During metering, fuel must pass between the minor diameter section of the plunger and the inner wall of the cup to flow to the metering chamber at the cup tip. As the carbon deposits increase in thickness, the flow loss also increases. At some point it becomes impossible to obtain a sufficient fuel flow between the plunger minor diameter section and the cup inner wall such that a sufficient volume of metered fuel is created for injection. At this point, the unit injector cannot function properly.

Thus, in order to deal with the carboning situation, it has become necessary to replace, or at least service, such open nozzle unit fuel injectors after a period of running time, depending on operating conditions. As an alternative, efforts have been concentrated on reducing the formation of carboning as a means of lessening the effect of carboning on injector flow metering. However, once carboning eventually builds up, the injector will inevitably experience some injector flow loss.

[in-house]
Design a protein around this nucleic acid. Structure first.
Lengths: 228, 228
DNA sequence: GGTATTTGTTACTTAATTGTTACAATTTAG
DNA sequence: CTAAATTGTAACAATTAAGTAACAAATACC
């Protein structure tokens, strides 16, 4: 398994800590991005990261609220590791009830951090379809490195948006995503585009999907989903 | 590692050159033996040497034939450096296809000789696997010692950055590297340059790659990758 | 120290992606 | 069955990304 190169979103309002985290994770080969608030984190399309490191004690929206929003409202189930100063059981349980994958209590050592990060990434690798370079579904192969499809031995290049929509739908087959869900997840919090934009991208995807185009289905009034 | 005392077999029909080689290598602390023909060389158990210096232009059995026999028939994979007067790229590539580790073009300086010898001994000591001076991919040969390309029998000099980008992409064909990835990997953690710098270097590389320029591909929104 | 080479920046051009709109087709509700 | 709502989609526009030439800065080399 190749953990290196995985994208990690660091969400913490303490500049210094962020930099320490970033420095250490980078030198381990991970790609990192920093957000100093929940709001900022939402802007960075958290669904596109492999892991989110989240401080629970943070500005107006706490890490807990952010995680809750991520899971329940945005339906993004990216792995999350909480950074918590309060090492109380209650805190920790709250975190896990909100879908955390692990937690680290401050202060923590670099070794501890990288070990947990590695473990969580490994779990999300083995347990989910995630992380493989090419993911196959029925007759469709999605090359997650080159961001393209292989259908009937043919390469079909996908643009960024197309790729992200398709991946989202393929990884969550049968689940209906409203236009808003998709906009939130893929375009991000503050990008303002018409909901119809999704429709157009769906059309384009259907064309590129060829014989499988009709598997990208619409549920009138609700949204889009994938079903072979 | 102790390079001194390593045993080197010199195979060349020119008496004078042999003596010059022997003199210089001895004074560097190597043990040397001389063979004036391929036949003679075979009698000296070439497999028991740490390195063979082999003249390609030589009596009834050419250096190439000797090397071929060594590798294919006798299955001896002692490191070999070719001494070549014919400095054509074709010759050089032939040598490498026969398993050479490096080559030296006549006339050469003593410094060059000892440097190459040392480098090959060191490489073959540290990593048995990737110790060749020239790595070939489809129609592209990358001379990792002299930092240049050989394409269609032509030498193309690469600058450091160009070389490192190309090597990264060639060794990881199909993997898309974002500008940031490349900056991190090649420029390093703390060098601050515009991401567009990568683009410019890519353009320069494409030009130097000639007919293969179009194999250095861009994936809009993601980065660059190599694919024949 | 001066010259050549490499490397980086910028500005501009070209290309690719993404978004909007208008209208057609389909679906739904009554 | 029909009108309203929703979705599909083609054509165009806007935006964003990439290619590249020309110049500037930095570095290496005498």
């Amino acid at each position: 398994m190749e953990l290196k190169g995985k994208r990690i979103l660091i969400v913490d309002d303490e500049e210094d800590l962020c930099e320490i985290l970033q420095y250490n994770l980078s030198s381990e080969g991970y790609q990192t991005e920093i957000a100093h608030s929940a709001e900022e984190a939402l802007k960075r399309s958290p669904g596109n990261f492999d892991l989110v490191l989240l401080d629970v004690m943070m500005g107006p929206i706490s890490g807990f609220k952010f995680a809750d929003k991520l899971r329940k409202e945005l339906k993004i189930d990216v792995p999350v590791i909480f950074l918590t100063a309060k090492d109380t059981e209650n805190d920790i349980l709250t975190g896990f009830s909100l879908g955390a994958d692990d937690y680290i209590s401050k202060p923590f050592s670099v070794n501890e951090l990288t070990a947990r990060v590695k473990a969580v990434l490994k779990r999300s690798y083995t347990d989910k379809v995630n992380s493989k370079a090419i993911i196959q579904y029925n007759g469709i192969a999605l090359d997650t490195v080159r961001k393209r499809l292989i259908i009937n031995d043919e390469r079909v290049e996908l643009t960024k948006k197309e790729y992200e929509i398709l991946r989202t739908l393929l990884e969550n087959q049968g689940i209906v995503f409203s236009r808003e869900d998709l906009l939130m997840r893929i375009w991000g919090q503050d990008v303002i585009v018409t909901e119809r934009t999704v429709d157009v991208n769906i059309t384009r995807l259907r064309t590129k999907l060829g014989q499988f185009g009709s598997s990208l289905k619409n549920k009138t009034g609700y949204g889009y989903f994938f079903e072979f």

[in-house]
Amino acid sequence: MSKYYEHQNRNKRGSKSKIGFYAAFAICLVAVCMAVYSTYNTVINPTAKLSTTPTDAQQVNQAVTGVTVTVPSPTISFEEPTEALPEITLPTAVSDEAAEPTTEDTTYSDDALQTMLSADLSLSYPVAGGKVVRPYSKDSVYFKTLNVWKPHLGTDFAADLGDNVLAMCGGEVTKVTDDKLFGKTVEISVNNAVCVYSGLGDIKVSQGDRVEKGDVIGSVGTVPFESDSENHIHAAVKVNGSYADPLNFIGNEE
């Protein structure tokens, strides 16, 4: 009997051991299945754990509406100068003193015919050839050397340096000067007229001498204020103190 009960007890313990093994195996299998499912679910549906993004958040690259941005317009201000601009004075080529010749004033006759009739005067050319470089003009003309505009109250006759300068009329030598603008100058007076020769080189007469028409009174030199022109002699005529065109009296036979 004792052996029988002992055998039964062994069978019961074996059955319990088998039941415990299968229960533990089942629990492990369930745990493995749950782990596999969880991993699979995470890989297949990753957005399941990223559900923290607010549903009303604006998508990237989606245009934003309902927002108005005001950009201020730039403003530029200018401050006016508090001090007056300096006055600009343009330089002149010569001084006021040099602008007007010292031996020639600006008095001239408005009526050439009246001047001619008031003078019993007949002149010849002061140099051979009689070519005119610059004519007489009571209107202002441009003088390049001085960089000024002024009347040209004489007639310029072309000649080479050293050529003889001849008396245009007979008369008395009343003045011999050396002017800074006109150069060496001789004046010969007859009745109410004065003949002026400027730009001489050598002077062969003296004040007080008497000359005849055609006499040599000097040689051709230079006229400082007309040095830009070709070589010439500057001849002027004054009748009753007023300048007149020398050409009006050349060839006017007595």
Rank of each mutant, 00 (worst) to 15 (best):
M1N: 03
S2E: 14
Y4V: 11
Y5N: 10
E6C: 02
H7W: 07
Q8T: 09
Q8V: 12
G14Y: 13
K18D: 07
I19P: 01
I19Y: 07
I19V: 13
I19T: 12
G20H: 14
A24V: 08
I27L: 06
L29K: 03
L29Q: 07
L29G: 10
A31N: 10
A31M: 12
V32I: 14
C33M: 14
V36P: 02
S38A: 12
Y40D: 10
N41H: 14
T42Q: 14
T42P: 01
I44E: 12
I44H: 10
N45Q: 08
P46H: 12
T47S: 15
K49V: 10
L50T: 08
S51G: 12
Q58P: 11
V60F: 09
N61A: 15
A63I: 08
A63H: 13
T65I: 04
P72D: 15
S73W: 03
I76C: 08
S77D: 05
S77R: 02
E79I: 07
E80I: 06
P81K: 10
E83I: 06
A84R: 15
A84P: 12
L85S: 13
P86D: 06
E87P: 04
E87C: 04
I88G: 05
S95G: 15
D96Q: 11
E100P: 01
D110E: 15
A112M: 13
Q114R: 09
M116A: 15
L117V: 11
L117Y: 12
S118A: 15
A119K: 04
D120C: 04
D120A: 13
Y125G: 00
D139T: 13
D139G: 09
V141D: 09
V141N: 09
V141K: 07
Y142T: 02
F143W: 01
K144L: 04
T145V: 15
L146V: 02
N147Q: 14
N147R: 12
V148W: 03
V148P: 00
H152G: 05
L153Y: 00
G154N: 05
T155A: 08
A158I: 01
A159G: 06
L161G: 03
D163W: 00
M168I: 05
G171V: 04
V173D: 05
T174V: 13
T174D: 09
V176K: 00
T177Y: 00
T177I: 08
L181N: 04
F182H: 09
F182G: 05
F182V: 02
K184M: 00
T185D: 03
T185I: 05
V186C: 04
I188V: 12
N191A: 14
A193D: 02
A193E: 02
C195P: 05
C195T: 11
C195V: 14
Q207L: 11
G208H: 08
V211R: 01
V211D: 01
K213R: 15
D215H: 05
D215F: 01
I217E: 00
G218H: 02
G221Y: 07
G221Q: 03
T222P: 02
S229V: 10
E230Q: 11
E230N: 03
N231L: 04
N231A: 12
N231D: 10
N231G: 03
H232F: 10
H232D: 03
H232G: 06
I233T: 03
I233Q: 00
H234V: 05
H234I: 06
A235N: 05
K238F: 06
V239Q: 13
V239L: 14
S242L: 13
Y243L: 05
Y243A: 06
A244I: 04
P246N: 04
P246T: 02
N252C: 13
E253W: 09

For the above reasons, the popularity of closed nozzle fuel injectors has increased; however, the immediate disadvantage associated with closed nozzle fuel injectors is the extra costs that are associated with the production of such substantially more complex unit fuel injectors. Apart from the fact that a closed nozzle unit fuel injector functions on different operational principles than an open nozzle injector, as amplified above, closed nozzle injectors do not experience the same problems of open nozzle injectors enumerated above. Specifically, the valve of the closed nozzle injector does not have to be designed to accommodate precise metering at the nozzle while attempting to reduce trapped volumes. The only trapped volume that results within a closed nozzle type injector lies underneath a tip of a spring loaded nozzle valve just adjacent its injection orifices. Furthermore, injector carboning is not as prevalent in closed nozzle unit fuel injectors because the nozzle valve effectively closes the metering chamber to the engine combustion chamber during motoring or the like conditions.